On my last trip to the antique shop, I found this postcard with a note to Mr. Carl Shartle of Meadville, Pennsylvania on the back.
I forget sometimes that rural Pennsylvania life wasn’t all churning butter and butchering chickens. The dancing pavilion was a fixture of Exposition Park at Conneaut Lake, Pennsylvania. In its time, it was called “one of the best equipped summer resorts in the State.” (Source, 1911.) It also boasted a bathing house on the lake, a hotel, and a racetrack. For Carl and his family, dancing, boating and betting were only ten miles up the road if they cared to indulge.
I will say that I knew the odds of this being a relic of a forgotten romance were slim to nil when I bought the postcard. As I was researching, though, there came a moment that changed everything. This light-hearted “Mystery Monday” post transformed into a grimmer “Thriller Thursday” entry. Ye faint-hearted, proceed with caution.
I should have known. Something about the lack of enthusiasm in the note planted a question mark in my mind. I know I’m bringing a modern sensibility to this, but the phrase “OK Sat eve” just doesn’t brim with excitement, does it?
No endearments. No signature. Presumably, Carl knew who accepted his invitation for Saturday night, but I’m thinking like a woman here. My husband knows who he’s married to, but I don’t miss an opportunity to scrawl “<3B” on my little notes to him, even if they’re just about heating up leftovers.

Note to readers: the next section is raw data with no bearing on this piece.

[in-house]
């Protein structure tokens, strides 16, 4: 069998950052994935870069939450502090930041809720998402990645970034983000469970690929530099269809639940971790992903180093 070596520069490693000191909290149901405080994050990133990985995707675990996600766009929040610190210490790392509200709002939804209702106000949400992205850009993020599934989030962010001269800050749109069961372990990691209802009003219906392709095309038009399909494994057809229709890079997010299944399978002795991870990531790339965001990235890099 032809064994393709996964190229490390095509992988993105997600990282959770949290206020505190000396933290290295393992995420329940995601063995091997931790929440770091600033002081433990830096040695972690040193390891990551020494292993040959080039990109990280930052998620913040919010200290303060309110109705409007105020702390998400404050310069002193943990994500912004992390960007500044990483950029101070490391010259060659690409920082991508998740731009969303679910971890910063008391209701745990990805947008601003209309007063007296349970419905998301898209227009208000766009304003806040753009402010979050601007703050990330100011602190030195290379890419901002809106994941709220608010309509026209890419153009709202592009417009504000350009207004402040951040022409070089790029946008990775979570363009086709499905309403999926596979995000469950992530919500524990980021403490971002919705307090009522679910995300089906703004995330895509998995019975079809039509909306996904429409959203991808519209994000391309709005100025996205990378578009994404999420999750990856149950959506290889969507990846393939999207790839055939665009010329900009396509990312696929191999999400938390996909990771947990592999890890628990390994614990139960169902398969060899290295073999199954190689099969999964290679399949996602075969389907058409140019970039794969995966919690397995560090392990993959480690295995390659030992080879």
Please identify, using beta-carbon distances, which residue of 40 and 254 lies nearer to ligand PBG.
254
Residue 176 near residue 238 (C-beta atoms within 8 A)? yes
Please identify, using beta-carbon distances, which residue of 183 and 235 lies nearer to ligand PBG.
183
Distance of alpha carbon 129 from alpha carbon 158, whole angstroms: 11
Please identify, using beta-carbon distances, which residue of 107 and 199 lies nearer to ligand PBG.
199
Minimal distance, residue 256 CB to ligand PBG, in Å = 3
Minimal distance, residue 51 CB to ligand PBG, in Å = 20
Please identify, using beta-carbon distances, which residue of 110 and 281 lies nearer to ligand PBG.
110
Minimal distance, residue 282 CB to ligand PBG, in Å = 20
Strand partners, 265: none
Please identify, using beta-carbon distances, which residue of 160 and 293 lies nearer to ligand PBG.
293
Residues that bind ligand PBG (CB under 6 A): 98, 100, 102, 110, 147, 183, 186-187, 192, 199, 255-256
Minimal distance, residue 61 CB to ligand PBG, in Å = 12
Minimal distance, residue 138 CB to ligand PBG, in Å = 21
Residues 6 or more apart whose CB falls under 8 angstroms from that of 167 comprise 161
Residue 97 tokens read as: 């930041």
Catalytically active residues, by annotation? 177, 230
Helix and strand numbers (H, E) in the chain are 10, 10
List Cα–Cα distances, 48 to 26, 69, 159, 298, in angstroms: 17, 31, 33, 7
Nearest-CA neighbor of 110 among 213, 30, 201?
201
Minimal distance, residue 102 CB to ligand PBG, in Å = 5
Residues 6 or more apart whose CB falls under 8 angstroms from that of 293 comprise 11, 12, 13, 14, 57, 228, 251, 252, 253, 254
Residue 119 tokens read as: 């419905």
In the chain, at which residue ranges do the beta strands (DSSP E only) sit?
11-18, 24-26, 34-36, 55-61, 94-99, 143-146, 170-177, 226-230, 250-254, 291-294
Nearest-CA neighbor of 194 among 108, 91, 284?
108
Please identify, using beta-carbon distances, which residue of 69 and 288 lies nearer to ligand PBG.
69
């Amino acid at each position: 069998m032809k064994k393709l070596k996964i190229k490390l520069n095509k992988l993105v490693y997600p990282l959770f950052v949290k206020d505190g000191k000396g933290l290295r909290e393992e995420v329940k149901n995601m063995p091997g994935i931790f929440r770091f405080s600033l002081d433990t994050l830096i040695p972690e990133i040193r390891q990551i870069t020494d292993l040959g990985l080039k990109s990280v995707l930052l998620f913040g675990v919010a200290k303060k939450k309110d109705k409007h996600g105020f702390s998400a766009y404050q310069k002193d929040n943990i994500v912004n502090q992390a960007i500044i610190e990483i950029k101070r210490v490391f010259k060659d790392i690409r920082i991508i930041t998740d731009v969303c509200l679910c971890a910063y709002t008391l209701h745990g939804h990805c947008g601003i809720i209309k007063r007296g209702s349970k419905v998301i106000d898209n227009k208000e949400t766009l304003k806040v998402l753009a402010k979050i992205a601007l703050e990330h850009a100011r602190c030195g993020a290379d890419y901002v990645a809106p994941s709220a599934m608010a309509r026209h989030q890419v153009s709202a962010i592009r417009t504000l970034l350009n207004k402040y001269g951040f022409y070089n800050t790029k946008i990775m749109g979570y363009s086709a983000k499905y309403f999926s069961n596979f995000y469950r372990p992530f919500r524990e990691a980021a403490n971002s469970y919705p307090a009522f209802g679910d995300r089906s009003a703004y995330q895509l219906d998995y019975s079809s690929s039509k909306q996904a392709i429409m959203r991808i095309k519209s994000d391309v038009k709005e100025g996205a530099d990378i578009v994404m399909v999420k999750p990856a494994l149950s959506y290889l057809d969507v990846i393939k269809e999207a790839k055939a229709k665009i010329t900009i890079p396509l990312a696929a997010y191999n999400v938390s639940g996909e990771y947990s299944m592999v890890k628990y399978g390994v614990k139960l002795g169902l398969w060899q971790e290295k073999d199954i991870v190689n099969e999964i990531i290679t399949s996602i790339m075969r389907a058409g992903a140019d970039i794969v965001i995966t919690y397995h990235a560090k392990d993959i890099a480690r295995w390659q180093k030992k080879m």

Although the photo side of the postcard is dated August 24, 1909, there’s (once again) no stamp and therefore no postmark dating the message. Did Rural Free Delivery require postage? And actually, since we have no way of knowing whether the postcard found its way to the antique shop via his old collected papers or hers, there’s nothing to say this note was ever actually delivered.
Perhaps it was, and Carl enjoyed a lovely evening with the sender. Or endured a wretched one.
Perhaps it was not sent, and he was left without an answer.
Maybe she wrote out her response, and then changed her mind. I have unsent letters socked away in shoeboxes—maybe this was one of hers. Who knows?